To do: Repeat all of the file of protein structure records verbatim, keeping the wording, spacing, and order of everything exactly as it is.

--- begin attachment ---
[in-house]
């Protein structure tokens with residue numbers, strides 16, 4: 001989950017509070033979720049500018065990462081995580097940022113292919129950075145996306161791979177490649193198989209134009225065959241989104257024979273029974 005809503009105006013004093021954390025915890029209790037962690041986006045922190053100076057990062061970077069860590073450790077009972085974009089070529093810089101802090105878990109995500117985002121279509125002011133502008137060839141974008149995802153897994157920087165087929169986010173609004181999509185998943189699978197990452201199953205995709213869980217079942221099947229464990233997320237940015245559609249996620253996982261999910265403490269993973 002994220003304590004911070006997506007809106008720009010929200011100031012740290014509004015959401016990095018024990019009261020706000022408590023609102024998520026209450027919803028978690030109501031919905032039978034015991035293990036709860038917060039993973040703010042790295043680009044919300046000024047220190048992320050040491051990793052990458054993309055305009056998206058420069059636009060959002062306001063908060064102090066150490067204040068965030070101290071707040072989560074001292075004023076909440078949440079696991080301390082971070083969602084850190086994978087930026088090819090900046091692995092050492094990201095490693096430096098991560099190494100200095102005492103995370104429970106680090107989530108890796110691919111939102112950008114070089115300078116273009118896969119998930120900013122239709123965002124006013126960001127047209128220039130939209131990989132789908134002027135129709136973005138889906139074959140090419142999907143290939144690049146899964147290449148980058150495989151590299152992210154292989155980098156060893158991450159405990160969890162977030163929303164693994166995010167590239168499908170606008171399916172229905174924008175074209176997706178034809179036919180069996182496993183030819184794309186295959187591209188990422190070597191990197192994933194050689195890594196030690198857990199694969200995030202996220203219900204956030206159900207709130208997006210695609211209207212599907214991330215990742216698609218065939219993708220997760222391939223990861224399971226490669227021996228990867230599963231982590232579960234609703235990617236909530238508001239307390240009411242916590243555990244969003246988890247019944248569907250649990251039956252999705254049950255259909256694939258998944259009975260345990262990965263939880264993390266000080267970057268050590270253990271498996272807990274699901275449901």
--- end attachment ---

[in-house]
């Protein structure tokens with residue numbers, strides 16, 4: 001989950017509070033979720049500018065990462081995580097940022113292919129950075145996306161791979177490649193198989209134009225065959241989104257024979273029974 005809503009105006013004093021954390025915890029209790037962690041986006045922190053100076057990062061970077069860590073450790077009972085974009089070529093810089101802090105878990109995500117985002121279509125002011133502008137060839141974008149995802153897994157920087165087929169986010173609004181999509185998943189699978197990452201199953205995709213869980217079942221099947229464990233997320237940015245559609249996620253996982261999910265403490269993973 002994220003304590004911070006997506007809106008720009010929200011100031012740290014509004015959401016990095018024990019009261020706000022408590023609102024998520026209450027919803028978690030109501031919905032039978034015991035293990036709860038917060039993973040703010042790295043680009044919300046000024047220190048992320050040491051990793052990458054993309055305009056998206058420069059636009060959002062306001063908060064102090066150490067204040068965030070101290071707040072989560074001292075004023076909440078949440079696991080301390082971070083969602084850190086994978087930026088090819090900046091692995092050492094990201095490693096430096098991560099190494100200095102005492103995370104429970106680090107989530108890796110691919111939102112950008114070089115300078116273009118896969119998930120900013122239709123965002124006013126960001127047209128220039130939209131990989132789908134002027135129709136973005138889906139074959140090419142999907143290939144690049146899964147290449148980058150495989151590299152992210154292989155980098156060893158991450159405990160969890162977030163929303164693994166995010167590239168499908170606008171399916172229905174924008175074209176997706178034809179036919180069996182496993183030819184794309186295959187591209188990422190070597191990197192994933194050689195890594196030690198857990199694969200995030202996220203219900204956030206159900207709130208997006210695609211209207212599907214991330215990742216698609218065939219993708220997760222391939223990861224399971226490669227021996228990867230599963231982590232579960234609703235990617236909530238508001239307390240009411242916590243555990244969003246988890247019944248569907250649990251039956252999705254049950255259909256694939258998944259009975260345990262990965263939880264993390266000080267970057268050590270253990271498996272807990274699901275449901």